Death + Popular Culture Death + the Web Funeral Industry

Alas, King Elvis’ Embalming Instruments are Still Dead

Auction House Drops Elvis Embalming Tools
Andy Grimm, Chicago Tribune (July 23, 2010)

I know for a fact that many people saw last week’s news item about the instruments used to embalm Elvis Presley going up for sale. I know this because many people (including my Mom…) e-mailed me the story. What I think most people missed was the announcement a few days later that the same sale had been called off. It’s true. The Presley embalming gear will not be auctioned in August.

At the top of this post you will find a Chicago Tribune article announcing the sale’s cancellation as well as a statement by the auction house, Leslie Hindman Auctioneers, on what happened.

Ooooohhhhhh the intrigue.


images_managed_press_elvis_toolsHere is a sampling of the items from the defunct sale: forceps, needle injectors, aneurysm hooks, an arterial tube, lip brushes (for makeup), rubber gloves, a comb, eye liner, and a toe tag.

I’ve even included a photo of some of the gear.

Most people commented on the sale this way: “Gross.”

I, however, had an entirely different reaction. Since I am a Death Studies Professional my first thought was “No way. It’s fake.” There is absolutely no way to prove the provenance and authenticity of this embalming equipment (short of DNA traces, if that’s even possible) since everything listed could be bought from any embalming supply company. Some written materials were also included in the sale but I did not see any images of the documents.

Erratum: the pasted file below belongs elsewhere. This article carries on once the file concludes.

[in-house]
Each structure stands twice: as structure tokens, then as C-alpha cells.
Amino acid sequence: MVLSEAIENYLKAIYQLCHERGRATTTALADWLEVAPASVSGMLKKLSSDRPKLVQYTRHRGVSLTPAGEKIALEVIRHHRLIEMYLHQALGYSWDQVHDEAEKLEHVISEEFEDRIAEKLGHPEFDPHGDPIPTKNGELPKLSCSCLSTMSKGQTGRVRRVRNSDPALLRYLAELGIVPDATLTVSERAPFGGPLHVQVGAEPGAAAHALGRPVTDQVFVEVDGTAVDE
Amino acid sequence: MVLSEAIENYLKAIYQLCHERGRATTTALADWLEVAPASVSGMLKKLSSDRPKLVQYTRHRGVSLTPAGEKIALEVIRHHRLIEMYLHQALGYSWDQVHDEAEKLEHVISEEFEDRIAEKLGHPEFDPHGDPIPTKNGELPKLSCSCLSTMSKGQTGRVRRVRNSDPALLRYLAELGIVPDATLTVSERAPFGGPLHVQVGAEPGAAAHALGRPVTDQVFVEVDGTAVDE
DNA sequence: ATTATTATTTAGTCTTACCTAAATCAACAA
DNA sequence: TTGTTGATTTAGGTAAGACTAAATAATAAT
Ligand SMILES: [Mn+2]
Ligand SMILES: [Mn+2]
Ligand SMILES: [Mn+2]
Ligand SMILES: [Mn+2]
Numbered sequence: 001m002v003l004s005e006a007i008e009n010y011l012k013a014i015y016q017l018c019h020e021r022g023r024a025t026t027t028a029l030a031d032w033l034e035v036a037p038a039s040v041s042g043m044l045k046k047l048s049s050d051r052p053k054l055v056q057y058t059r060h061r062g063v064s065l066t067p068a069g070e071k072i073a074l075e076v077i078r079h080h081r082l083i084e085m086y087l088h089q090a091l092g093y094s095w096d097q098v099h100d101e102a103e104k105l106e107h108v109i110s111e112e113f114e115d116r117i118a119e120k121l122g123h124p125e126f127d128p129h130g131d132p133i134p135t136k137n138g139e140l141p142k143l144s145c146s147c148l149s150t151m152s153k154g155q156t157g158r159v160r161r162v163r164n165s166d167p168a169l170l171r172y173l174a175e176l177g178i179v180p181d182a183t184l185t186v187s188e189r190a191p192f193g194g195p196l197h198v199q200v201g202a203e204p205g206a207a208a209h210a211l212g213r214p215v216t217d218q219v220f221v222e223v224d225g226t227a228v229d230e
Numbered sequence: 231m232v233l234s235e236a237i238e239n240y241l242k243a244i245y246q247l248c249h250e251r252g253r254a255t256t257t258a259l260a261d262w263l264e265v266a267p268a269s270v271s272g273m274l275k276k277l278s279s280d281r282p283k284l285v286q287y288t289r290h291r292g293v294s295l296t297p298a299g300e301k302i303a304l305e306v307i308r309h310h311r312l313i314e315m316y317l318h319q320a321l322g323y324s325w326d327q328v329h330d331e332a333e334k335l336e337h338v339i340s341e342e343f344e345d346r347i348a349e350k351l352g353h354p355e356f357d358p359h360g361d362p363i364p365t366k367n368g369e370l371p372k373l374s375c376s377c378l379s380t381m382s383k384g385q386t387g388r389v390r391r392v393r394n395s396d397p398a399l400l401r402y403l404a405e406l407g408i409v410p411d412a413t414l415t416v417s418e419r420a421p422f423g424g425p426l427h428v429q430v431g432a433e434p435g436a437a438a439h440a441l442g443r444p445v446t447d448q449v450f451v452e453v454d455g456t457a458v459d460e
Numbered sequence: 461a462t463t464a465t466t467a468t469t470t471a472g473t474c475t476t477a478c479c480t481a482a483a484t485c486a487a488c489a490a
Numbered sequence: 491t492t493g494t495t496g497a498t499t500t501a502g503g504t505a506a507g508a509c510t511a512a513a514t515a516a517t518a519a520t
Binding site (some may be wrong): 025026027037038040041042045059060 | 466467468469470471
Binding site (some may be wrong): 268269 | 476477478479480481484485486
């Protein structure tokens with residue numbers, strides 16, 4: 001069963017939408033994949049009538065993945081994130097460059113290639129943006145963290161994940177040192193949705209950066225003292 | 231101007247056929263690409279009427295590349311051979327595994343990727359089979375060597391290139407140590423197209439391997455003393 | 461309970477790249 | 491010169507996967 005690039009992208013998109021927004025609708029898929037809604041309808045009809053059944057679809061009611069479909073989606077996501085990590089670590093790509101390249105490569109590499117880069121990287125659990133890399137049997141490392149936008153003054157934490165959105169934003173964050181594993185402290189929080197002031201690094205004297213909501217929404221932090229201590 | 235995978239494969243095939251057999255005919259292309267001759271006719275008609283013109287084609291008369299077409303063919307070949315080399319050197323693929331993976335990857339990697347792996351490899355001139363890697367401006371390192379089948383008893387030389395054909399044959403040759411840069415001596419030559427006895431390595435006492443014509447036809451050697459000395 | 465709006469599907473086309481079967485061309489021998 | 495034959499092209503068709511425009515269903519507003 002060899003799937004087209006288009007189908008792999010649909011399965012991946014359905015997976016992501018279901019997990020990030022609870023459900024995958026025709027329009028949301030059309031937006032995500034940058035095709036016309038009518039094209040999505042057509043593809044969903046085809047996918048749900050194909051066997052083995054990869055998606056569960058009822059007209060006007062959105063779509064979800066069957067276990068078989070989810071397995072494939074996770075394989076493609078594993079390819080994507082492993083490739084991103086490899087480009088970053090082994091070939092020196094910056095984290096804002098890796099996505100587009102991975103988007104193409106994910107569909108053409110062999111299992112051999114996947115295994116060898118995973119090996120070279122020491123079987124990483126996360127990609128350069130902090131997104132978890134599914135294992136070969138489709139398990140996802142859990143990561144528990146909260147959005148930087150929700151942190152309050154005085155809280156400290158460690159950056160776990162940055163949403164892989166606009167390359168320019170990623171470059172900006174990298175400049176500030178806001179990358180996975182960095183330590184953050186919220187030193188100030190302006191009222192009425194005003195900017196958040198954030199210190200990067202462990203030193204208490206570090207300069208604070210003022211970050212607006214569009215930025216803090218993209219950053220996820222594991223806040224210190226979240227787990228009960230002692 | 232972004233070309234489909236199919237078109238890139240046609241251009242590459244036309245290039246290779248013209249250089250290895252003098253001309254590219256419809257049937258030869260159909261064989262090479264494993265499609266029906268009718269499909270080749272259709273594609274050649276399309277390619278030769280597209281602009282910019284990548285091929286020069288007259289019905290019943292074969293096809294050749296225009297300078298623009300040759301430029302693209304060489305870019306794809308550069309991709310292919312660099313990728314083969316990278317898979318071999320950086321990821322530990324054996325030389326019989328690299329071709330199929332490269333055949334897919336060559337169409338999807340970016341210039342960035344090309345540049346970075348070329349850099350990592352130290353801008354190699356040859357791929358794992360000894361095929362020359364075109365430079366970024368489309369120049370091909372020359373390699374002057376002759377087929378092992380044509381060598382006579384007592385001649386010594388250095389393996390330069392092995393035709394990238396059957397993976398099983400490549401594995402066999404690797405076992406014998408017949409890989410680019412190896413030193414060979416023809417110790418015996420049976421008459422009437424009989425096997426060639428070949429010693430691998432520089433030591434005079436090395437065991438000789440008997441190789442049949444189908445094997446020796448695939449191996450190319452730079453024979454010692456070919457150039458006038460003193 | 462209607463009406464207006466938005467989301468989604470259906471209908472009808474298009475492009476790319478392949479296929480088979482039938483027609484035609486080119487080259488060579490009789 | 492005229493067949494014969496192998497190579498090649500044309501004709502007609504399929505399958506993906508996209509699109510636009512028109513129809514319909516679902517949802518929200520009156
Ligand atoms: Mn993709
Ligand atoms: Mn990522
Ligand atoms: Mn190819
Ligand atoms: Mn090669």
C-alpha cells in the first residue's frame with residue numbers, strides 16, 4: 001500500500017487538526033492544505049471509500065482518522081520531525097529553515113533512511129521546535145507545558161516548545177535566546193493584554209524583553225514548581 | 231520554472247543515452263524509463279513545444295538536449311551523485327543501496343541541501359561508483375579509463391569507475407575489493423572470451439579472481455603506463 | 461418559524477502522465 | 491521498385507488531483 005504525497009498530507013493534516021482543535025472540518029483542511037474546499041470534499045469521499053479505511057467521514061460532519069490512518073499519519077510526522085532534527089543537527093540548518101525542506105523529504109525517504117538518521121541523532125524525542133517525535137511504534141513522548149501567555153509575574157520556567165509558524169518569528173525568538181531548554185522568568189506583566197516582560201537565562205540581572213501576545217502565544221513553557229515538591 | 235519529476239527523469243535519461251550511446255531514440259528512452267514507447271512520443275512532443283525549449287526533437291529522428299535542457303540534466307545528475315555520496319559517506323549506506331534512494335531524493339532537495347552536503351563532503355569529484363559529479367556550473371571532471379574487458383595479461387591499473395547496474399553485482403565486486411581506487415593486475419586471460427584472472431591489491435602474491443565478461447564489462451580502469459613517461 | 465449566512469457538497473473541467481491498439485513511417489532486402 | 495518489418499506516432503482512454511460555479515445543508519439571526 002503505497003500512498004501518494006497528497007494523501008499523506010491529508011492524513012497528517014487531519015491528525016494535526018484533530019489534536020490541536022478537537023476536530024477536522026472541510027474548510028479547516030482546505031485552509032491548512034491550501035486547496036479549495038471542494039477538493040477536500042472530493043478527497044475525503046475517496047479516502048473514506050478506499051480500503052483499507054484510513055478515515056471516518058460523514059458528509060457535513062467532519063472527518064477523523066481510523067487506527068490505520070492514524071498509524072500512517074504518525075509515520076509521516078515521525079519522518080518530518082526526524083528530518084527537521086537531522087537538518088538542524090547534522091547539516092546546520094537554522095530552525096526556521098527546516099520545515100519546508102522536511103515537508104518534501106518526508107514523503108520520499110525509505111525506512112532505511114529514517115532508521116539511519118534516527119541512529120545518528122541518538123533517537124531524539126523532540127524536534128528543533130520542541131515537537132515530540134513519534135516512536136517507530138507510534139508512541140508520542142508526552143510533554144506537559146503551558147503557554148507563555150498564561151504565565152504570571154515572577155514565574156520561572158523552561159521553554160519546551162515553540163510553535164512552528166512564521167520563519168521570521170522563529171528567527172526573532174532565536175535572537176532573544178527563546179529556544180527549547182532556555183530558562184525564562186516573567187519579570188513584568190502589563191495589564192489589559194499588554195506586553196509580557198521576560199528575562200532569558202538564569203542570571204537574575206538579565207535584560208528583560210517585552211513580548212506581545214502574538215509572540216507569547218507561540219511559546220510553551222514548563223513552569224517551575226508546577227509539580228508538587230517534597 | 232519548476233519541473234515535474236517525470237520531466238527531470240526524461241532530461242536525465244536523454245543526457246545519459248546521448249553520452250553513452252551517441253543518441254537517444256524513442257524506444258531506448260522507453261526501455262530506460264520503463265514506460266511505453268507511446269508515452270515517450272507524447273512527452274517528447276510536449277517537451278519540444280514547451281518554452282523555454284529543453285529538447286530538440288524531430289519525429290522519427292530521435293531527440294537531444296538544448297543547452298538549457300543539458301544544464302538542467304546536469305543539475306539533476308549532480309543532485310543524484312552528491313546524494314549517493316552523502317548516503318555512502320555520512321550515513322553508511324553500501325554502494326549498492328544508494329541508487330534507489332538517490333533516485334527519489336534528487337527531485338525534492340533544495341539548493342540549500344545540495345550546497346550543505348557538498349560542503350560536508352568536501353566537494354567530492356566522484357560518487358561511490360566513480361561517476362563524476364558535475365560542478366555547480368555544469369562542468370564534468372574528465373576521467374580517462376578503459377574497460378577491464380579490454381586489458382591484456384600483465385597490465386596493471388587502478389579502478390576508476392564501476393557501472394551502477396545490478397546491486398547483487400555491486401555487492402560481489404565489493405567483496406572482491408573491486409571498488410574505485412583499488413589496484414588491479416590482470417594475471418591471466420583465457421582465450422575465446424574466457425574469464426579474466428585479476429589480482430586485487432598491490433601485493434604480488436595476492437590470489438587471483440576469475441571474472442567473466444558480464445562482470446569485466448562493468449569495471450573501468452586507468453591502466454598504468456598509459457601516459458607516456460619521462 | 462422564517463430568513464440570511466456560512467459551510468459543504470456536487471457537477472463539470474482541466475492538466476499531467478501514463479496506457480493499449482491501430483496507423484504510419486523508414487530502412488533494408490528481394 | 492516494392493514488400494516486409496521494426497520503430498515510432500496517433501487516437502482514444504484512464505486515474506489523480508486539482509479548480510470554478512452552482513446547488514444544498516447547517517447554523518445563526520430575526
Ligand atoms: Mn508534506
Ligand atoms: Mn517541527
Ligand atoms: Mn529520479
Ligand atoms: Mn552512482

And, lo, it turns out that the authenticity of said embalming instruments became an issue after the initial news story drop. As a result, the auction house could do nothing but pull the sale.

There is another angle on this entire debacle. It turns out that the Memphis, TN funeral home which questioned the authenticity of the instruments is owned by the Texas based Service Corporation International (SCI).

That’s an interesting twist.

SCI is an ENORMOUS funeral industry conglomerate and it owns funeral homes all over the world. I have to imagine that once SCI HQ heard about the sale it decided to take a looky loo at the situation and, indeed, SCI released the following statement:

“We feel the sale of these items is entirely inappropriate…Their removal and subsequent submission for auction are inconsistent with our policies and our commitment to all families we serve to treat the loved ones in our care — be they celebrities or not — with privacy, dignity and respect.”

I’ll take SCI at its word that the privacy, dignity, and respect of the Presley family is important but I also think that SCI wanted to hang onto this property. If these embalming tools are authentic (which I still doubt) then it’s the kind of thing any corporation wants in its private holdings.

Interesting enough, Leslie Hindman Auctioneers pulled the original sale announcement off its website. You can that here. Our good friends at BoingBoing, however, still have that posting up.

So there you have it. Buyer beware. Especially when dealing with run-of-the-mill embalming equipment.

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